Clara Khoury (Arabic: كلارا خوري‎‎, Hebrew: קלרה ח'ורי‎‎; born 29 December 1976) is a Christian Arab Israeli actress. She works in film,[1] television and theater.

Biography

Clara Khoury was born in Haifa. She is the daughter of the award-winning actor Makram Khoury. Her family is Greek Orthodox.[2] She studied cinema at the Open University in Tel Aviv and drama at the Beit Zvi acting school. She is married to Sean Foley, an American with Irish and Egyptian roots.[2]

Acting career

Khoury has worked in a variety of roles on stage including the lead in Antigone by Jean Anouih, The Glass Menagerie by Tennessee Williams and Salome by Oscar Wilde, in Arabic as well as in Hebrew and English. Her television work includes the series Parashat Hashavua, written by Ari Folman, and Arab Labor written by Sayed Kashua. She made her big screen debut in 2002 in Rana’s Wedding[3][4] by Hany Abu-Assad (director of the Oscar-nominated Paradise Now) which premiered at the Semaine Internationale de la Critique at the Cannes Film Festival.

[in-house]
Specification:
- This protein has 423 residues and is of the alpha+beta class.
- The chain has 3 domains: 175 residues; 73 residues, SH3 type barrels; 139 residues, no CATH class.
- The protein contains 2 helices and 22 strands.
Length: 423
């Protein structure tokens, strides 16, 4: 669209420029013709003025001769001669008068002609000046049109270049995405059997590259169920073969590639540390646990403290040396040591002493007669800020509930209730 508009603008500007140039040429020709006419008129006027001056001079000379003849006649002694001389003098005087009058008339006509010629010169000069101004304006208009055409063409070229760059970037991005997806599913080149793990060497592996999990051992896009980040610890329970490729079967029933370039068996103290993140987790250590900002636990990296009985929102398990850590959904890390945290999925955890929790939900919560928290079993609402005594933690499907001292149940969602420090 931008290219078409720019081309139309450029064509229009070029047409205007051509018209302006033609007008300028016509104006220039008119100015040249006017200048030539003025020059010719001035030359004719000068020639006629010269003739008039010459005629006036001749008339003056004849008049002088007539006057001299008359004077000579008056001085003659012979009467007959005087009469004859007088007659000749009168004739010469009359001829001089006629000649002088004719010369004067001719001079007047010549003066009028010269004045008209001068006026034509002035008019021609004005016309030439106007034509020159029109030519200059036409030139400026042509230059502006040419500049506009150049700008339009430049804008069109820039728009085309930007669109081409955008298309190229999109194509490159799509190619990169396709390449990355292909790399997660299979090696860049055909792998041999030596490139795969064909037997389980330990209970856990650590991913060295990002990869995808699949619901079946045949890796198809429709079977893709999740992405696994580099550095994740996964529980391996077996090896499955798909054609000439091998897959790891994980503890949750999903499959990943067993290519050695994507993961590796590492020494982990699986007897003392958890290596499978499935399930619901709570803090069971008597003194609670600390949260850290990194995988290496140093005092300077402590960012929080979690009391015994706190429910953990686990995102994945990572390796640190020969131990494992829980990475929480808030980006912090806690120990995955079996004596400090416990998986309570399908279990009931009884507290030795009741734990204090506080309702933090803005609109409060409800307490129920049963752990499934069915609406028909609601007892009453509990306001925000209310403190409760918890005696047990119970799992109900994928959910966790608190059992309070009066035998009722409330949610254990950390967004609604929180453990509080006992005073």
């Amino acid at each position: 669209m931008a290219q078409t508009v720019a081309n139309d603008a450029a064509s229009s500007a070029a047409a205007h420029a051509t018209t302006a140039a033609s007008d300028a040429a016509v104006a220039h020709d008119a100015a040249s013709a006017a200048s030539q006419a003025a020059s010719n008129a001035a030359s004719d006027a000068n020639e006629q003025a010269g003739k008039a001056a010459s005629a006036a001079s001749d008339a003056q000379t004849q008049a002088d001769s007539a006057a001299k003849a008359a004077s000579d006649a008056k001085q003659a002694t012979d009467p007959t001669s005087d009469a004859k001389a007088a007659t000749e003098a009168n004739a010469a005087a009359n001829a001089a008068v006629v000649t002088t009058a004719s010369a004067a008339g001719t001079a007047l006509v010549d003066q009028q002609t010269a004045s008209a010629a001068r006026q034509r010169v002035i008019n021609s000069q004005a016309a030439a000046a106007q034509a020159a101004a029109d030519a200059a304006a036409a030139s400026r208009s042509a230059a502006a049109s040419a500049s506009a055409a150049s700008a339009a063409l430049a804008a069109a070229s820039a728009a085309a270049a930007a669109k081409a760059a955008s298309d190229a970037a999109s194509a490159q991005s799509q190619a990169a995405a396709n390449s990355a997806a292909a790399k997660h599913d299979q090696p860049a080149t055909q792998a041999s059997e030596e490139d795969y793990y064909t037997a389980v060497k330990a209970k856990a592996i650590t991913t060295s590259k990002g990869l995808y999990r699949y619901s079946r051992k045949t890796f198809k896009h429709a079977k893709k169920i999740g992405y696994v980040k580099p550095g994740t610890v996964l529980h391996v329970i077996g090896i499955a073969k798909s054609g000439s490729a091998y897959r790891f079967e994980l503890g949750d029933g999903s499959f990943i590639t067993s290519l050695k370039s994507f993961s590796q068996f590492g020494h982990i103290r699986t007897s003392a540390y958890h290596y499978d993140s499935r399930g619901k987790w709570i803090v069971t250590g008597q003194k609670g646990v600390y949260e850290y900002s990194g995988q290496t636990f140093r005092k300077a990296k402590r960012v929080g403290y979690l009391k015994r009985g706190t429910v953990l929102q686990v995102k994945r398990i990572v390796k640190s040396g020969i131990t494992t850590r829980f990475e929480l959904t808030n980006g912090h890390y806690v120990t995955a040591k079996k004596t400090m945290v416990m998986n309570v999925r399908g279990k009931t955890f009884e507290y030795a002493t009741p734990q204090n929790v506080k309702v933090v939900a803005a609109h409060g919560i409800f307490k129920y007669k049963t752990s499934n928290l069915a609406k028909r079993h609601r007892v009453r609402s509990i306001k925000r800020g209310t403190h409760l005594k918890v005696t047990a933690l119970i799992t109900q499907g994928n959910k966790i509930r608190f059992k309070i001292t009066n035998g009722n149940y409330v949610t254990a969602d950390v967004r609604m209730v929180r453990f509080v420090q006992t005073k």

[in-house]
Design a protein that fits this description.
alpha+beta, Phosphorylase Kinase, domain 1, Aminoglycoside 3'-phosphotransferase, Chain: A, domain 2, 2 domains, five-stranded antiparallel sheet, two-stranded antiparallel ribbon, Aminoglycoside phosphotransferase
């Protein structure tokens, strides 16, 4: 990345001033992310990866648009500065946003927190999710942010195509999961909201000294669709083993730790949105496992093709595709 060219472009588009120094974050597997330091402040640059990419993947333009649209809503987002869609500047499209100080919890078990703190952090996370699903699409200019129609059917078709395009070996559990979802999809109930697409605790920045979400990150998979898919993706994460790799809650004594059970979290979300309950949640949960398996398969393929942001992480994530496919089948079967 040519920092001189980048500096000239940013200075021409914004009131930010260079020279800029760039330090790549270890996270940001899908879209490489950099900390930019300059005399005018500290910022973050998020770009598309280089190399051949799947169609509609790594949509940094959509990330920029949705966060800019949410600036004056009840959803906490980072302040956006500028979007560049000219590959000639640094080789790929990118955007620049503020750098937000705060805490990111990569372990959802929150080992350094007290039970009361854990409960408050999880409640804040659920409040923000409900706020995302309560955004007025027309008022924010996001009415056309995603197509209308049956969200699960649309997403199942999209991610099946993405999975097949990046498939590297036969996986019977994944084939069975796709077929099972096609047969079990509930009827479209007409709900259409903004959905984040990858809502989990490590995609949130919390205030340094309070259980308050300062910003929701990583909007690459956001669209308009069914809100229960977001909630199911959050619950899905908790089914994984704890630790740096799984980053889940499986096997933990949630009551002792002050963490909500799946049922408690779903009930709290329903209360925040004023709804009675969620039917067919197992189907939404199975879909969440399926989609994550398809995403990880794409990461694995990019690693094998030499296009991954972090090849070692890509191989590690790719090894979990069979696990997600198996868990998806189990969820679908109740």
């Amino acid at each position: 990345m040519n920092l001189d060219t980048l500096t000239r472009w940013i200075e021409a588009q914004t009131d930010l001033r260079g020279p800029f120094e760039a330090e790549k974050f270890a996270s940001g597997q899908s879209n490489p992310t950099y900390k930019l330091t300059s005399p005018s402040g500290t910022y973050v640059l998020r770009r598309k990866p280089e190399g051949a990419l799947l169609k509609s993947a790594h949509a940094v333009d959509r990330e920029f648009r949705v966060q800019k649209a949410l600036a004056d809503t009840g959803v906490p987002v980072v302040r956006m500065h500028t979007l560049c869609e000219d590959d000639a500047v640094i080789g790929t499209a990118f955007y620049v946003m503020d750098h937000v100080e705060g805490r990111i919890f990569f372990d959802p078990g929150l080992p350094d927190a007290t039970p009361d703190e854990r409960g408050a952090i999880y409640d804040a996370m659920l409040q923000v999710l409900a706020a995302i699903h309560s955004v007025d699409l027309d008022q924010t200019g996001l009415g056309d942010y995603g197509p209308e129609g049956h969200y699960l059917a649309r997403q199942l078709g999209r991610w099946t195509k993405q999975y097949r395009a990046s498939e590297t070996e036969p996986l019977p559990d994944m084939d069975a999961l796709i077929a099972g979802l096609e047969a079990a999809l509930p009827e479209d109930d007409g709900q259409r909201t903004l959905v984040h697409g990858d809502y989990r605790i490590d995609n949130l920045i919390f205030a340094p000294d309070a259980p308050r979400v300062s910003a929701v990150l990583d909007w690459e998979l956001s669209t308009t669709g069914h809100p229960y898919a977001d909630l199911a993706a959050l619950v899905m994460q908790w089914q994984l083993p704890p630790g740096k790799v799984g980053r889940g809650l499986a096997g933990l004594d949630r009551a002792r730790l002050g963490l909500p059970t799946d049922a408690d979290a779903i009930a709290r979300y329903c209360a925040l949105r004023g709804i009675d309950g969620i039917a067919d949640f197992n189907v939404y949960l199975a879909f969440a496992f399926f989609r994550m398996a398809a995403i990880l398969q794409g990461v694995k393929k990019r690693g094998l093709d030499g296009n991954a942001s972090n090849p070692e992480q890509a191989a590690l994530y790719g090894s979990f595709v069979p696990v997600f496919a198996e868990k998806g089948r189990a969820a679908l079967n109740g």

In 2005 she gained international recognition for her role in The Syrian Bride, portraying a young Druze woman who risks losing her family by entering an arranged marriage with a Syrian national.[5] Directed by Eran Riklis (Lemon Tree) the film won the Audience Prize at the Locarno Film Festival.

Khoury starred in Lipstikka, a British / Israeli psychological drama by Jonathan Sagall, in competition at the Berlinale 2011. At the Al-Midan Arabic Theater in Haifa she starred in Juliano Mer-Khamis's adaptation of Roman Polanski's 1994 movie Death and The Maiden after the play by Chilean playwright Ariel Dorfman.

Theater

Awards

Khoury won the Israeli Academy of Film and Television prize for best actress as Bushra in the television sitcom Arab Labor.[2] She won the Best Actress Award for her role as Rana at the Marrakech International Film Festival.

References

  1. ^ "Clara Khoury IMDB (1976-)". IMDB.com. Retrieved 2011-01-14. 
  2. ^ a b c Clara, the no-longer confused, Haaretz
  3. ^ "PopMatters review of "Rana's Wedding"". popmatters.com. Retrieved 2011-01-14. 
  4. ^ "Arab Films review of "Rana's Wedding"". arabfilm.com. Retrieved 2011-01-14. 
  5. ^ Felperin, Leslie (2004-08-17). "Variety review of The Syrian Bride". Variety. Retrieved 2011-01-14. 
  6. ^ Cockrell, Eddie (2006-02-13). "Variety review of "Forgiveness"". Variety. Retrieved 2011-01-14.